Many dog owners are injured when their dogs are attacked by other dogs. Defense attorneys and insurance adjusters often contend that the victim's recovery should be reduced by their "comparative negligence" or "assumption of the risk." These defenses are based on false assumptions about the "Good Samaritan" and are not supported by case law.

Restatement (Second) of Torts, section 496E (1965) provides:

(1) A plaintiff does not assume a risk of harm unless he voluntarily accepts the risk.
(2) The plaintiff's acceptance of a risk is not voluntary if the defendant's tortious conduct has left him no reasonable alternative course of conduct in order to
(a) avert harm to himself or another, or
(b) exercise or protect a right or privilege of which the defendant has no right to deprive him.

Section 496E applies to the "Good Samaritan" who is injured while breaking up a dog fight, because the victim's acceptance of the risk is not voluntary: the victim has no reasonable alternative course to avert harm to himself or his dog, and as a separate issue, the victim is only attempting to protect his right to property of which the defendant has to right to deprive him. The property is the victim's dog. 

When considering whether a person should be held accountable for negligence, the question is whether she did something unreasonable. Reasonableness is determined in light of the circumstances in which the person finds herself. A sudden dog fight is an unusual, violent, startling and dangerous situation. It is a natural reaction to separate two dogs that are fighting, because the plaintiff herself is already within the zone of danger and stopping the fight reduces the danger to her. Additionally, the human-canine bond is extremely strong and itself compels a person instinctively to stop a dog fight. In fact, human beings are so sickened by dogs fighting each other that every American state has made it a crime to simply watch an organized dog fight (while present at it). Finally, under suddenly violent conditions, a person is not expected to make perfect decisions, but those which would be normal or reasonable in the same exigent circumstances. All of these factors mean that a plaintiff must not be regarded as negligent in attempting to separate two dogs, or as having assumed the risk of injury.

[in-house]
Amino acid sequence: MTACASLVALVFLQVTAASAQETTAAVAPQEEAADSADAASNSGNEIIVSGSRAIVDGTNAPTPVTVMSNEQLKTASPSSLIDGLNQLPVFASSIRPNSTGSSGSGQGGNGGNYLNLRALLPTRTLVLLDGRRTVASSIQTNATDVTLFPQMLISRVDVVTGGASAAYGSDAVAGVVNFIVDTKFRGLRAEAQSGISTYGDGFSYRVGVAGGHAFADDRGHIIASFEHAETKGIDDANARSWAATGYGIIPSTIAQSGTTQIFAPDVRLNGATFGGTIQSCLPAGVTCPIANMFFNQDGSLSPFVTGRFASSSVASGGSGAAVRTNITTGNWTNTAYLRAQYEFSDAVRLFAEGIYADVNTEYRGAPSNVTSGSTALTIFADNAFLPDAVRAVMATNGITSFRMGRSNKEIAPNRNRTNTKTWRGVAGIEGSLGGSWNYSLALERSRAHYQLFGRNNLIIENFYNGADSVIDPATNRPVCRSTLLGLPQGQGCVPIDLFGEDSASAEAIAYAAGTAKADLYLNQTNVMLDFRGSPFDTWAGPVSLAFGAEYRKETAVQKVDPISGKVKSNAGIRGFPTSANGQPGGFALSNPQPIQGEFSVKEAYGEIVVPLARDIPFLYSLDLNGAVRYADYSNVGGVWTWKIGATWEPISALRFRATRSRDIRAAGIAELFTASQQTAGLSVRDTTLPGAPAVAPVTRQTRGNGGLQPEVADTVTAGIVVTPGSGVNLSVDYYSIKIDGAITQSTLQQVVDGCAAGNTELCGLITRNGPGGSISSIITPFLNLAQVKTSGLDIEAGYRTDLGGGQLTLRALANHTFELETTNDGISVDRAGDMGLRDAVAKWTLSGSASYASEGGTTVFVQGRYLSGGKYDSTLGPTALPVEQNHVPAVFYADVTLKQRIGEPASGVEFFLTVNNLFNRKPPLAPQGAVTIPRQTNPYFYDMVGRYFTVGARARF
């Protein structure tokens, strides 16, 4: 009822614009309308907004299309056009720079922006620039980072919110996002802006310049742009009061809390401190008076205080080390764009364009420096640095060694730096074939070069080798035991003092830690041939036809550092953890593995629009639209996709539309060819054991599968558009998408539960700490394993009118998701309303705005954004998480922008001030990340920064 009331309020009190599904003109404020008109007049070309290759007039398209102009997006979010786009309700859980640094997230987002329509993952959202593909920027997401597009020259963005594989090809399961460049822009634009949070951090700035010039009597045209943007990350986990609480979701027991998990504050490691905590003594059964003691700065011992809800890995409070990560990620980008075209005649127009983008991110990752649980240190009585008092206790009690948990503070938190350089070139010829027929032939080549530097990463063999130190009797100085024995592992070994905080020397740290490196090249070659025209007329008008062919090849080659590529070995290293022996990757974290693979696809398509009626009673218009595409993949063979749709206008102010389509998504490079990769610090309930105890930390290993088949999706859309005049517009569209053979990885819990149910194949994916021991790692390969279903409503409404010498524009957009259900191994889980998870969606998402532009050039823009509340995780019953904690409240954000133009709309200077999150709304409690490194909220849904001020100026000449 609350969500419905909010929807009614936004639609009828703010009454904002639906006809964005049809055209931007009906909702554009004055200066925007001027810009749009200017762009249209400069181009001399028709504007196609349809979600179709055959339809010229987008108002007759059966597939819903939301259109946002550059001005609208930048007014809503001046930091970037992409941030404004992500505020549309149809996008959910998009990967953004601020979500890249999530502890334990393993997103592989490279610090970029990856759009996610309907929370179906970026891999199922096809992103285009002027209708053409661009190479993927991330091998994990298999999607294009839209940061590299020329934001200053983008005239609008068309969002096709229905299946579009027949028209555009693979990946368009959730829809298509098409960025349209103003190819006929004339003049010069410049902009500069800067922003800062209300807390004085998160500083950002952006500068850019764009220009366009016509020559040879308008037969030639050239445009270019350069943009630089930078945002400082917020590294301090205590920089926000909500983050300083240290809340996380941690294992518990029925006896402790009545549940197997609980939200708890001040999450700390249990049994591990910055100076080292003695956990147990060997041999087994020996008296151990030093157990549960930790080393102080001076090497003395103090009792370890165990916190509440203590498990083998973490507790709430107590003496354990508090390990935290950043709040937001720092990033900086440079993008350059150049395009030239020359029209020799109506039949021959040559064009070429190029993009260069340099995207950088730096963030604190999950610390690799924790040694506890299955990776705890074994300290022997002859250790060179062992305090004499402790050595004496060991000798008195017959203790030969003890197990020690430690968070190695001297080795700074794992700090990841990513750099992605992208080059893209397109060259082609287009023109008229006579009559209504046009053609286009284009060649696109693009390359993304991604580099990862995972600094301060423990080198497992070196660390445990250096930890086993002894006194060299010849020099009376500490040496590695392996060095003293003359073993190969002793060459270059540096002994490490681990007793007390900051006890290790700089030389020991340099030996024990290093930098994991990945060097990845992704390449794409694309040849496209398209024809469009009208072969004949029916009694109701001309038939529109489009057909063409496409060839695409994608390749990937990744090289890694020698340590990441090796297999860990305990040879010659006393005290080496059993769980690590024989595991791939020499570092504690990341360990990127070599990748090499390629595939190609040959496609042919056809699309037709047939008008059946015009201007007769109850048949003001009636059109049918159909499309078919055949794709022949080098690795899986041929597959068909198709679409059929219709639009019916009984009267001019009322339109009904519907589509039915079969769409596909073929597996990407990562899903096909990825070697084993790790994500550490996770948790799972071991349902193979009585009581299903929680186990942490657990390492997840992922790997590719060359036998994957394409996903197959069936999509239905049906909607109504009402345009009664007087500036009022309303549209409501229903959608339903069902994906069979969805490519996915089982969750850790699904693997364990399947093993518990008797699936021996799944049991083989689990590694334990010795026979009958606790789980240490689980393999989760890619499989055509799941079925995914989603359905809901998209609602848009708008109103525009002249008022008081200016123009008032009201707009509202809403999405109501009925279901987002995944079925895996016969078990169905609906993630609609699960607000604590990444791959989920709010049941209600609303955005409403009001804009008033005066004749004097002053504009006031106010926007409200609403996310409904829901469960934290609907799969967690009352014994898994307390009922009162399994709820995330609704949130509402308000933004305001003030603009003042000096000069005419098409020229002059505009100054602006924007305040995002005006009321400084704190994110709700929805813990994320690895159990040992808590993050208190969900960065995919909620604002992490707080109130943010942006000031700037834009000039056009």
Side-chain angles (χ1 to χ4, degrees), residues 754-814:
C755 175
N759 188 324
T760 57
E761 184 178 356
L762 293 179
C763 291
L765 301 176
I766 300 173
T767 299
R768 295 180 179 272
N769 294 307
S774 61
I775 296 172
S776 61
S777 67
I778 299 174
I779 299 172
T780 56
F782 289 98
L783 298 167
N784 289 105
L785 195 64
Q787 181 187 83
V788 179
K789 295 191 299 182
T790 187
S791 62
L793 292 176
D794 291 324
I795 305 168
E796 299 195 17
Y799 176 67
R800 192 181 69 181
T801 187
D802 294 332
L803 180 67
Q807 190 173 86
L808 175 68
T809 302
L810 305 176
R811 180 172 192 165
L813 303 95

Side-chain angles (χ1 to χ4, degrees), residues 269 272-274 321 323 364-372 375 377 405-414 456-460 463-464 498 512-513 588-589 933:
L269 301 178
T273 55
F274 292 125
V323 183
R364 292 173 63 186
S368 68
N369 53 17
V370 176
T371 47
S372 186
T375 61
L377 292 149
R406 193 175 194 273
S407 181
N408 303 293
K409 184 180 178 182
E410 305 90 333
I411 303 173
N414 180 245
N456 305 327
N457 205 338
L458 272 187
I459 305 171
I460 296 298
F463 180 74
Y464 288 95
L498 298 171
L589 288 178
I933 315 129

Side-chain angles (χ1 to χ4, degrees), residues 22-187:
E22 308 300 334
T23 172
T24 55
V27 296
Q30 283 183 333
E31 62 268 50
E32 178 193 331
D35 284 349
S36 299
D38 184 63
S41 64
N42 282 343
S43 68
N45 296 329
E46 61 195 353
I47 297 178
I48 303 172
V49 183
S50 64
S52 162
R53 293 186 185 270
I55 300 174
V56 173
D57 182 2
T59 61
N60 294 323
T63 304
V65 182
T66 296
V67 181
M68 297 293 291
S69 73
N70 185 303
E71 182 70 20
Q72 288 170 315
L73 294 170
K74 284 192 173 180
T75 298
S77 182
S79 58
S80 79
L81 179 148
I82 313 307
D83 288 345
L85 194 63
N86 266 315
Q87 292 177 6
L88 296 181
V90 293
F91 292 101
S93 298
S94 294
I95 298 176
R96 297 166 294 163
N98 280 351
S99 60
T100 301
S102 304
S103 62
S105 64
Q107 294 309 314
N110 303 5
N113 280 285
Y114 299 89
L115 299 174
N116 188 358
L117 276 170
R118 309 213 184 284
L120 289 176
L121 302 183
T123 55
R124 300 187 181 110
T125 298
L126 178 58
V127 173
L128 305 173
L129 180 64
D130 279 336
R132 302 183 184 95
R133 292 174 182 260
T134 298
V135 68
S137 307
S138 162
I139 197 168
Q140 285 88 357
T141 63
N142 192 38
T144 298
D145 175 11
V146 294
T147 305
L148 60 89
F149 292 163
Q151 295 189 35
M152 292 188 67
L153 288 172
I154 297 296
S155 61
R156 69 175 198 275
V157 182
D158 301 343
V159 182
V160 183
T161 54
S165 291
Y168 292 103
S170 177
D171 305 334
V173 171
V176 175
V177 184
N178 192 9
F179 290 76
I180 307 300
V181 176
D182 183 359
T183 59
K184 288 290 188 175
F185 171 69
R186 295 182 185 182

There is no case law directly on point. However, in Davis v. Gaschler (1992) 11 Cal.App.4th 1392, plaintiff was held to have not assumed the risk of injury when she came across a badly injured dog and tried to transport it to a veterinarian for medical attention. The court specifically said, "We do not believe that plaintiff's voluntary act of helping the injured dog would remove her from the class of persons to be protected by the dog bite statute." (Davis at p. 1399.) When two dogs are fighting, they are in the process of injuring each other. Therefore, the reasoning and holding of Davis should be followed in any case where the victim was hurt while attempting to separate two dogs.

See also Marshall v. Ranne, 511 SW 2d 255 (Tex. Supreme Court 1974) the plaintiff was bitten by a hog (that is not a typographical error despite the fact that this website is about dog bites) when the plaintiff left his house to get into his car. The plaintiff knew that the hog was outside his house and that it was known to be vicious. However, the court stated as follows:

We hold that there was no proof that plaintiff had a free and voluntary choice, because he did not have a free choice of alternatives. He had, instead, only a choice of evils, both of which were wrongfully imposed upon him by the defendant. He could remain a prisoner inside his own house or he could take the risk of reaching his car before defendant's hog attacked him. Plaintiff could have remained inside his house, but in doing so, he would have surrendered his legal right to proceed over his own property to his car so he could return to his home in Dallas. The latter alternative was forced upon him against his will and was a choice he was not legally required to accept. W. Prosser, Law of Torts § 68, at 450-453 (4th ed. 1971).

The Marshall court followed the rule expressed in Restatement (Second) of Torts, section 496E.

It should be noted that courts have held that contributory negligence is no defense to a strict liability action based on the one bite rule; this can be applied when the defense of comparative negligence is raised. See Restatement (Second) of Torts § 515, Comment b (Tent.Draft No. 10, 1964):

b. Since the strict liability of the possessor of an animal is not founded on his negligence, the ordinary contributory negligence of the plaintiff is not a defense to such an action. The reason is the policy of the law which places the full responsibility for preventing the harm upon the defendant. Thus where the plaintiff merely fails to exercise reasonable care to discover the presence of the animal, or to take precautions against the harm which may result from it, his recovery on the basis of strict liability is not barred.

For further information about the defenses of provocation, comparative negligence and assumption of the risk, see the following: